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What IS That Smell? 5 Sniff-Worthy Signs Your Indoor Air Quality Is Compromised

dog nose up close

Scents can be a wonderful thing. Gardenia flowers blooming, apple pie baking, the family dog just after a long-overdue bath – these are the smells that make us all smile.

But then there are the not-so-wonderful aromas. A musty smell wafting through your vents, the dog before his long-overdue bath, mouldy odors in the basement – these worrisome odours are concerning for more reasons than just unpleasantness.

The truth is, your home finds all kinds of ways to try to communicate when there is a problem. But in order to find it and fix it before the issue affects your health or your home’s resale value, you first have to learn to decode the messages.

In this post, learn about the five most common sniff-worthy warning signs that your indoor air quality has been compromised.

1. The Smell: Grassy, Musty, Dank, Dirty

If there is one odour no homeowner ever wants to detect inside their home, garage, basement, attic or work shed, it is this one.

The smell of damp grass, dirty shoe liners, musty old towels or last year’s unwashed bathing suit usually means only one thing: mould or mildew.

Mould can smell different depending on who is doing the sniffing, but the location of the odour can also play a part in speedy diagnosis.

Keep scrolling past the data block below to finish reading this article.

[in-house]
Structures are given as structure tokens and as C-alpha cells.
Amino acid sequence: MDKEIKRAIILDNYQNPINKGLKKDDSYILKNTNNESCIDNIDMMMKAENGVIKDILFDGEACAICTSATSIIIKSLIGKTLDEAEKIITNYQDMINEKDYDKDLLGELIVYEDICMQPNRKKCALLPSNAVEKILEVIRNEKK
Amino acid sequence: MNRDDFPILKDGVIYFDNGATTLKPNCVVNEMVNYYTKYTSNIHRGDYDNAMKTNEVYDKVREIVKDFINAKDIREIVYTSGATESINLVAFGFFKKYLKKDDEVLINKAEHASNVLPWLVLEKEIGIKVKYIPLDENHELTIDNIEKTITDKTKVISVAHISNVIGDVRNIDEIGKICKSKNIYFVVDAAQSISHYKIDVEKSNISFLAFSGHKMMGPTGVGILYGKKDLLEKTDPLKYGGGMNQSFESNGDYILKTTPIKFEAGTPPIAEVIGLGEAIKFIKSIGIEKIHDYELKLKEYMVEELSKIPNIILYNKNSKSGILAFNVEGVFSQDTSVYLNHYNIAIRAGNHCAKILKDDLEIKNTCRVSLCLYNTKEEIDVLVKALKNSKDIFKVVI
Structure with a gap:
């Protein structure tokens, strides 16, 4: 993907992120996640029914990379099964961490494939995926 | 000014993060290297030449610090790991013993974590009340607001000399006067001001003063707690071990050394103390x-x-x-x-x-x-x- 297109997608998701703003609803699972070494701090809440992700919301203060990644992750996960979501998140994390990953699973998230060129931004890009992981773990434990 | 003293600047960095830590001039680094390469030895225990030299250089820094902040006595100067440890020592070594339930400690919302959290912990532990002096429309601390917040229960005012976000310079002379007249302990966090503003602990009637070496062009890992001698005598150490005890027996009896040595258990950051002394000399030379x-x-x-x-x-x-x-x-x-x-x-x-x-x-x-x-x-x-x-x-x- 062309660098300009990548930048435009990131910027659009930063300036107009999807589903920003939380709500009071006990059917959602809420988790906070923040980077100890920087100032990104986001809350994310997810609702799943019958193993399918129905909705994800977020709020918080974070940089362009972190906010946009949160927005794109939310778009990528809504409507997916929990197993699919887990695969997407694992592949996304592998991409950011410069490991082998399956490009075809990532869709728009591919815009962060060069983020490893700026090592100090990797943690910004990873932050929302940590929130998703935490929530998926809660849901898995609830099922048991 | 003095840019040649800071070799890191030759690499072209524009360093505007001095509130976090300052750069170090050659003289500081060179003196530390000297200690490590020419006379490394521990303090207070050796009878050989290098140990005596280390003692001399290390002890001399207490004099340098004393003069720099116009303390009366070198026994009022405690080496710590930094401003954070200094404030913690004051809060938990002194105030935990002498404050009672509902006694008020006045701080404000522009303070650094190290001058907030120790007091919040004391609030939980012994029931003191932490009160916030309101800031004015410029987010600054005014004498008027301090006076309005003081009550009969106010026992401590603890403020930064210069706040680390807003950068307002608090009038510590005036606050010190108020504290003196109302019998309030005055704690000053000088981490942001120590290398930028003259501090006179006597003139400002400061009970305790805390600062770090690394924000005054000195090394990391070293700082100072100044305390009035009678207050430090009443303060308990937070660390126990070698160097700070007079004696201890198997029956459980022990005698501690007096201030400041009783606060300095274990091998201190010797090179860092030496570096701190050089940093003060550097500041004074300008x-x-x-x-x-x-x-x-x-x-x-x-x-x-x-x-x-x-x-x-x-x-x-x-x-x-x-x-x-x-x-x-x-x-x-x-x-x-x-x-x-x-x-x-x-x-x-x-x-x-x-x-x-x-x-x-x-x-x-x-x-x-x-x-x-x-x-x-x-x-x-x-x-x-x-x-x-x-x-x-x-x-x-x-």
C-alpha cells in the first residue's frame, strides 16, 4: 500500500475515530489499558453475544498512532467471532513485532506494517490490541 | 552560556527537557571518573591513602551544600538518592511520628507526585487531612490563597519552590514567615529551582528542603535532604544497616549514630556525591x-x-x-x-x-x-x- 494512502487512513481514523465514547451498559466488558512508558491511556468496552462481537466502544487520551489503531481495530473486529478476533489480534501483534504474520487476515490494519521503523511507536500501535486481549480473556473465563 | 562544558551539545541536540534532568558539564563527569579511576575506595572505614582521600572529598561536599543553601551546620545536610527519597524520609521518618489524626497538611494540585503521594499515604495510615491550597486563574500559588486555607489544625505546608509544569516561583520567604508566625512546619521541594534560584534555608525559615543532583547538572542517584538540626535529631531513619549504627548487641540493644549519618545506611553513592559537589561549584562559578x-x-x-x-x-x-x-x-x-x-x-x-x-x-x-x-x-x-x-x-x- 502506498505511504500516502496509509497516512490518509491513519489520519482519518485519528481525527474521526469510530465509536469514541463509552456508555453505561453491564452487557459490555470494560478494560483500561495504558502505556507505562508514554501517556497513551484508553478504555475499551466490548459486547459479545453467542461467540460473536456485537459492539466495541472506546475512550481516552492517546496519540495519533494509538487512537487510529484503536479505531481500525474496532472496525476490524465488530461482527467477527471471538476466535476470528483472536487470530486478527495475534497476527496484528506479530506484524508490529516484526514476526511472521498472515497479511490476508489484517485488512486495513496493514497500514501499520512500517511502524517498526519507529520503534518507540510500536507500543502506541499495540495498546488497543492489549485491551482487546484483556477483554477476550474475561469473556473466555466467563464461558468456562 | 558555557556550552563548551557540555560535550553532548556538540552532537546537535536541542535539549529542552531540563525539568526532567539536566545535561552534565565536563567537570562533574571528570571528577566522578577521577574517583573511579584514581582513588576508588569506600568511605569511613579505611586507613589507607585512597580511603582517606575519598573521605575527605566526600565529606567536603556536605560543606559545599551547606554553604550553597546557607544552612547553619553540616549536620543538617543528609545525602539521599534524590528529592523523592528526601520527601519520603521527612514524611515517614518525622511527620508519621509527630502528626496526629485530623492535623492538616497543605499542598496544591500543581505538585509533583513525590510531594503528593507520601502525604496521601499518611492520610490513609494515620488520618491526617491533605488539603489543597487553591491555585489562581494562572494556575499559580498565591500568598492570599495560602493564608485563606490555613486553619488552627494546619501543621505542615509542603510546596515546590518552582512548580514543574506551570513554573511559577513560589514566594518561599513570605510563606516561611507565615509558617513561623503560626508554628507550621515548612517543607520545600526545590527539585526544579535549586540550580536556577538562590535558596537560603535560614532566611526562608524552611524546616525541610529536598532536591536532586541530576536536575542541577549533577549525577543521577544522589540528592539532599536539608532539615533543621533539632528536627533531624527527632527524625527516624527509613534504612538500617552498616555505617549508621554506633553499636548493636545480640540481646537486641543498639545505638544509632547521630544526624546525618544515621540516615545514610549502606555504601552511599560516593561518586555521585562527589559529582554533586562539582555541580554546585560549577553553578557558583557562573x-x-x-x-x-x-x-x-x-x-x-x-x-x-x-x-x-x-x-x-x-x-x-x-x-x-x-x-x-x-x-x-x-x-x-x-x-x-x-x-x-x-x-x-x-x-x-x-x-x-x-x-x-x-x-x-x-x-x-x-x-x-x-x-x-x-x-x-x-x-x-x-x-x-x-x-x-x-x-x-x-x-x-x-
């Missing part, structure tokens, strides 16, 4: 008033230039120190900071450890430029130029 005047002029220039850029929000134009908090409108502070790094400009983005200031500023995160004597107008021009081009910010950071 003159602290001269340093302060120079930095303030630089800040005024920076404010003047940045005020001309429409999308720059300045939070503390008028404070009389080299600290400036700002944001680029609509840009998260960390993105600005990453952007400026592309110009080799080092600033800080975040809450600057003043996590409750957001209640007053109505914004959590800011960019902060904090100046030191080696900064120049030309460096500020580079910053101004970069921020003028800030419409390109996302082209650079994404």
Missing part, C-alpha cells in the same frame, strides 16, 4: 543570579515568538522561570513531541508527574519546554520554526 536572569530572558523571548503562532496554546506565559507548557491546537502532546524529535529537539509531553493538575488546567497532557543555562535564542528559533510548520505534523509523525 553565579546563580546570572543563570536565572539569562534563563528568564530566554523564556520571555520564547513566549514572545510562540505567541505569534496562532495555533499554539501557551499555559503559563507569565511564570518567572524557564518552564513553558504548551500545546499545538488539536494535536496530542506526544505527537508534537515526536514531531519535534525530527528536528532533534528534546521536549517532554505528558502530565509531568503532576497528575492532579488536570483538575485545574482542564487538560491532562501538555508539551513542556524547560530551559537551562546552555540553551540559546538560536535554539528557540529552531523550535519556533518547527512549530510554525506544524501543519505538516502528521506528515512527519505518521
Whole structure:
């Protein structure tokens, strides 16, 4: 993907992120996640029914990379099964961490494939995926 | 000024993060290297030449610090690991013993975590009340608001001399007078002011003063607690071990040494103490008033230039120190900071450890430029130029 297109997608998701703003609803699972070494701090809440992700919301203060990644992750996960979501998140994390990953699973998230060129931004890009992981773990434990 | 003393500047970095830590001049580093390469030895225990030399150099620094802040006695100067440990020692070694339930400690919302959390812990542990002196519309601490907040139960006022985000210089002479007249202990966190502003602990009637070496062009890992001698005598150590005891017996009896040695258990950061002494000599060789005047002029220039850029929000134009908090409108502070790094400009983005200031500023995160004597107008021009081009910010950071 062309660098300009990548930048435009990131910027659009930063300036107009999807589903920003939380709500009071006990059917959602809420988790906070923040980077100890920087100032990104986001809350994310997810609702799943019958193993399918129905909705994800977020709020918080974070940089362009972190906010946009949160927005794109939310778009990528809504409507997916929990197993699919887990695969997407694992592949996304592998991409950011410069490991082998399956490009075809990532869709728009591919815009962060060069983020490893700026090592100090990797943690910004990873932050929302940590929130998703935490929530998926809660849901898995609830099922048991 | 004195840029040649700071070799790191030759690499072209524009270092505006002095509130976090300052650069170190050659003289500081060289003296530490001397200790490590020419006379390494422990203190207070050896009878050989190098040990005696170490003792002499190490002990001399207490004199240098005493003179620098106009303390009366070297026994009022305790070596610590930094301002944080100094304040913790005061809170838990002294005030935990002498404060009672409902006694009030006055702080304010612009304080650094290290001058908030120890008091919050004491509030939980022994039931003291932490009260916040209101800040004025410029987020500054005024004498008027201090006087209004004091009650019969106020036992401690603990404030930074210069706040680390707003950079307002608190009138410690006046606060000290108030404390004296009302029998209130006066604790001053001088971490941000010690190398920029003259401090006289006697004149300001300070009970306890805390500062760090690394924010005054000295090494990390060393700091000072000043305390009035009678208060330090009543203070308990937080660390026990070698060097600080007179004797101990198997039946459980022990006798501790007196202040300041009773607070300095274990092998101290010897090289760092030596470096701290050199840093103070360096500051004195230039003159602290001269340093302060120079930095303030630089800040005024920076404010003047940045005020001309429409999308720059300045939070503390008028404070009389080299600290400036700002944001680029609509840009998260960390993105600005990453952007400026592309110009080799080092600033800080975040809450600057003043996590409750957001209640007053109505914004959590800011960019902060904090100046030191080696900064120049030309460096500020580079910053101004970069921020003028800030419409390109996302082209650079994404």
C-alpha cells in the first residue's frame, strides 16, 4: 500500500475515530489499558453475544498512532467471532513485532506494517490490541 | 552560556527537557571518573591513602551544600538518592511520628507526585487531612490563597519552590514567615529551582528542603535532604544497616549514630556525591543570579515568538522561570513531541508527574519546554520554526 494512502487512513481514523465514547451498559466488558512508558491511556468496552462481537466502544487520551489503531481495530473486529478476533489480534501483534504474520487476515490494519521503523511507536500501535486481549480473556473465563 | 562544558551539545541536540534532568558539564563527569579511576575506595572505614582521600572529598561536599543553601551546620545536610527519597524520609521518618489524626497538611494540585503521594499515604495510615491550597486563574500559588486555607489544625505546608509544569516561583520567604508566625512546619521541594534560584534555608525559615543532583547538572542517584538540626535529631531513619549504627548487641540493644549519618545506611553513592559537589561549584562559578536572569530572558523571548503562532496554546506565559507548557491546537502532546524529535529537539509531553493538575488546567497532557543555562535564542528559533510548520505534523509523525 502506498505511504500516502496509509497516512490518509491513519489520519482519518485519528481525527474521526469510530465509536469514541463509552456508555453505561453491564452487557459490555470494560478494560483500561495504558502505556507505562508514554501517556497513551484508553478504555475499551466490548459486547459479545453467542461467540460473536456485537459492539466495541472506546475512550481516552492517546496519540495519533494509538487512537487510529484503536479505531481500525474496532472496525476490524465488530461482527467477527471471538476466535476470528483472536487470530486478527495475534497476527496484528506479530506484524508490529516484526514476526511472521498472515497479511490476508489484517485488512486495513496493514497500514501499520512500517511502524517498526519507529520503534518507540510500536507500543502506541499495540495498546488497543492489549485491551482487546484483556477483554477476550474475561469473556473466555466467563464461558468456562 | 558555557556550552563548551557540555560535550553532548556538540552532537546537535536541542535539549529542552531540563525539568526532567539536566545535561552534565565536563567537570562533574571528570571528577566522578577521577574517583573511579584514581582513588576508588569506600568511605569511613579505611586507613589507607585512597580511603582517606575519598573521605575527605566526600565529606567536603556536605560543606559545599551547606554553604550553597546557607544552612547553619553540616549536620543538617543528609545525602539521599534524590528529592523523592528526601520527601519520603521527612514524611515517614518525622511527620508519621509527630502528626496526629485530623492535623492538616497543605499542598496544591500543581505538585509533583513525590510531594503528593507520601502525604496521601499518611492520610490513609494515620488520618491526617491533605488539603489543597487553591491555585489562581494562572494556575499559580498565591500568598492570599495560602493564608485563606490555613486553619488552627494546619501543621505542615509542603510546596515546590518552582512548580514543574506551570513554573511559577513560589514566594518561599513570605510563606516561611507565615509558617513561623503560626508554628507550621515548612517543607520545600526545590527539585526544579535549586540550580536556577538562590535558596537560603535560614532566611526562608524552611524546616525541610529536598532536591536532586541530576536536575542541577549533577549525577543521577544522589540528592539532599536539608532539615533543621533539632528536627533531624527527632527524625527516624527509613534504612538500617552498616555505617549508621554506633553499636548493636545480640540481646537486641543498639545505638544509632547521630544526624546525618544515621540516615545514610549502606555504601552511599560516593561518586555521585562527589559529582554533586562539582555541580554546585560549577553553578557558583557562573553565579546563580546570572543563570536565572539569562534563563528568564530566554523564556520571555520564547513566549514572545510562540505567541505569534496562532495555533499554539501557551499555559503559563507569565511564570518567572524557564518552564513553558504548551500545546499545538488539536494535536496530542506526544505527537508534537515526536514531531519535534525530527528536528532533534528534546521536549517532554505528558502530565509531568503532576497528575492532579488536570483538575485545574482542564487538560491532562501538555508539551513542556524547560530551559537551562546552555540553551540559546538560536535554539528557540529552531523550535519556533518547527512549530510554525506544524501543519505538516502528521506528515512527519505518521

If you start to smell this odour most strongly in areas where humidity tends to build up naturally (basement, laundry room, bathroom, etc.), this is further cause for suspecting mould.

2. The Smell: Sharp, Astringent, Chemical

A sharp, astringent, shockingly obvious odour that has chemical overtones masked by a so-called "pleasant or refreshing scent" is common in cleaning products.

Unfortunately, chemicals such as formaldehyde, phthalates, ethanol, volatile organic compounds and free radicals are rampant in household air fresheners, deodorizing products, sanitizing solutions and more.

Unfortunately, at least one research study has confirmed that even so-called “green” or “organic” household products designed to “freshen” the air often contain harmful chemicals that help produce their characteristic scents.

Even unscented or fragrance-free products often contain ingredients that leave behind some type of odour.

The most common health symptoms that arise from breathing in chemically “freshened” air include migraine headaches, respiratory distress, asthma attacks, trouble breathing, diarrhea and earaches (in infants), neurological issues and heart trouble.

3. The Smell: Wet Dog

Barring the actual presence of a wet dog in the near vicinity, the most likely cause of a wet dog odour is old pet dander, dust and debris lingering around.

Of course, if you don’t have any pets but you are smelling wet dog anyway, the next most likely culprit is dust mites, dust and debris.